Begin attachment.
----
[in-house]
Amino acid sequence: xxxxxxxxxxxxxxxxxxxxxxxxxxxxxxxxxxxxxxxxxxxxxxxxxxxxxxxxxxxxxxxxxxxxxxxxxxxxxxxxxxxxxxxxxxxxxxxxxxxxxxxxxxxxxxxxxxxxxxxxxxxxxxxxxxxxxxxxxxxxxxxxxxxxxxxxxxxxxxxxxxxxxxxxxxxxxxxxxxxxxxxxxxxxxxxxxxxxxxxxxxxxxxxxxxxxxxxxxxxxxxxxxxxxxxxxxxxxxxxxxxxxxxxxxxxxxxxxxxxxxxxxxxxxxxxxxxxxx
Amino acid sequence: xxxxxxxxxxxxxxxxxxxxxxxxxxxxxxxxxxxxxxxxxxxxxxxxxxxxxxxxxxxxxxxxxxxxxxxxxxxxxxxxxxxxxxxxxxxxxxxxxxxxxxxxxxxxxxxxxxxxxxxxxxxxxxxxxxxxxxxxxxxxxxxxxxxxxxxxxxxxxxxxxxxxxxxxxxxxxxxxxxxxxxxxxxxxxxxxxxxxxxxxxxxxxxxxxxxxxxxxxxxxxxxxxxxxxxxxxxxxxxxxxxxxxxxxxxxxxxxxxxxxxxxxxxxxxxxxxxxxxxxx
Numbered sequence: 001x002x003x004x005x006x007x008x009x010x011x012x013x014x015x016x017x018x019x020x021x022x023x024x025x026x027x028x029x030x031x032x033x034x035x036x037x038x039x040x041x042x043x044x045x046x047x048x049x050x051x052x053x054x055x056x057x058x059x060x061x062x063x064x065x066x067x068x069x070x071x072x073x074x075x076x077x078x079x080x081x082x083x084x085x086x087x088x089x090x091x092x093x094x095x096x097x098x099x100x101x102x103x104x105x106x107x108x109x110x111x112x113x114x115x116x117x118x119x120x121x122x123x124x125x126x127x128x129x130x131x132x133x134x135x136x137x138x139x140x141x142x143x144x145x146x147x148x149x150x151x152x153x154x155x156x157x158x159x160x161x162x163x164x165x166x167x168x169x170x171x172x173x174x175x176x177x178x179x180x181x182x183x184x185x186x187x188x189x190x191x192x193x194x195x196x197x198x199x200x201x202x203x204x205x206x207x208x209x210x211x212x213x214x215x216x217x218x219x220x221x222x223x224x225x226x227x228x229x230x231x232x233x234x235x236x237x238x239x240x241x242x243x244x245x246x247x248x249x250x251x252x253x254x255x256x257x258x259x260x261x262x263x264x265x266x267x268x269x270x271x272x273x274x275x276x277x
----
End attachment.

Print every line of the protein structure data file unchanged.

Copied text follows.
[in-house]
Amino acid sequence: xxxxxxxxxxxxxxxxxxxxxxxxxxxxxxxxxxxxxxxxxxxxxxxxxxxxxxxxxxxxxxxxxxxxxxxxxxxxxxxxxxxxxxxxxxxxxxxxxxxxxxxxxxxxxxxxxxxxxxxxxxxxxxxxxxxxxxxxxxxxxxxxxxxxxxxxxxxxxxxxxxxxxxxxxxxxxxxxxxxxxxxxxxxxxxxxxxxxxxxxxxxxxxxxxxxxxxxxxxxxxxxxxxxxxxxxxxxxxxxxxxxxxxxxxxxxxxxxxxxxxxxxxxxxxxxxxxxxx
Amino acid sequence: xxxxxxxxxxxxxxxxxxxxxxxxxxxxxxxxxxxxxxxxxxxxxxxxxxxxxxxxxxxxxxxxxxxxxxxxxxxxxxxxxxxxxxxxxxxxxxxxxxxxxxxxxxxxxxxxxxxxxxxxxxxxxxxxxxxxxxxxxxxxxxxxxxxxxxxxxxxxxxxxxxxxxxxxxxxxxxxxxxxxxxxxxxxxxxxxxxxxxxxxxxxxxxxxxxxxxxxxxxxxxxxxxxxxxxxxxxxxxxxxxxxxxxxxxxxxxxxxxxxxxxxxxxxxxxxxxxxxxxxx
Numbered sequence: 001x002x003x004x005x006x007x008x009x010x011x012x013x014x015x016x017x018x019x020x021x022x023x024x025x026x027x028x029x030x031x032x033x034x035x036x037x038x039x040x041x042x043x044x045x046x047x048x049x050x051x052x053x054x055x056x057x058x059x060x061x062x063x064x065x066x067x068x069x070x071x072x073x074x075x076x077x078x079x080x081x082x083x084x085x086x087x088x089x090x091x092x093x094x095x096x097x098x099x100x101x102x103x104x105x106x107x108x109x110x111x112x113x114x115x116x117x118x119x120x121x122x123x124x125x126x127x128x129x130x131x132x133x134x135x136x137x138x139x140x141x142x143x144x145x146x147x148x149x150x151x152x153x154x155x156x157x158x159x160x161x162x163x164x165x166x167x168x169x170x171x172x173x174x175x176x177x178x179x180x181x182x183x184x185x186x187x188x189x190x191x192x193x194x195x196x197x198x199x200x201x202x203x204x205x206x207x208x209x210x211x212x213x214x215x216x217x218x219x220x221x222x223x224x225x226x227x228x229x230x231x232x233x234x235x236x237x238x239x240x241x242x243x244x245x246x247x248x249x250x251x252x253x254x255x256x257x258x259x260x261x262x263x264x265x266x267x268x269x270x271x272x273x274x275x276x277x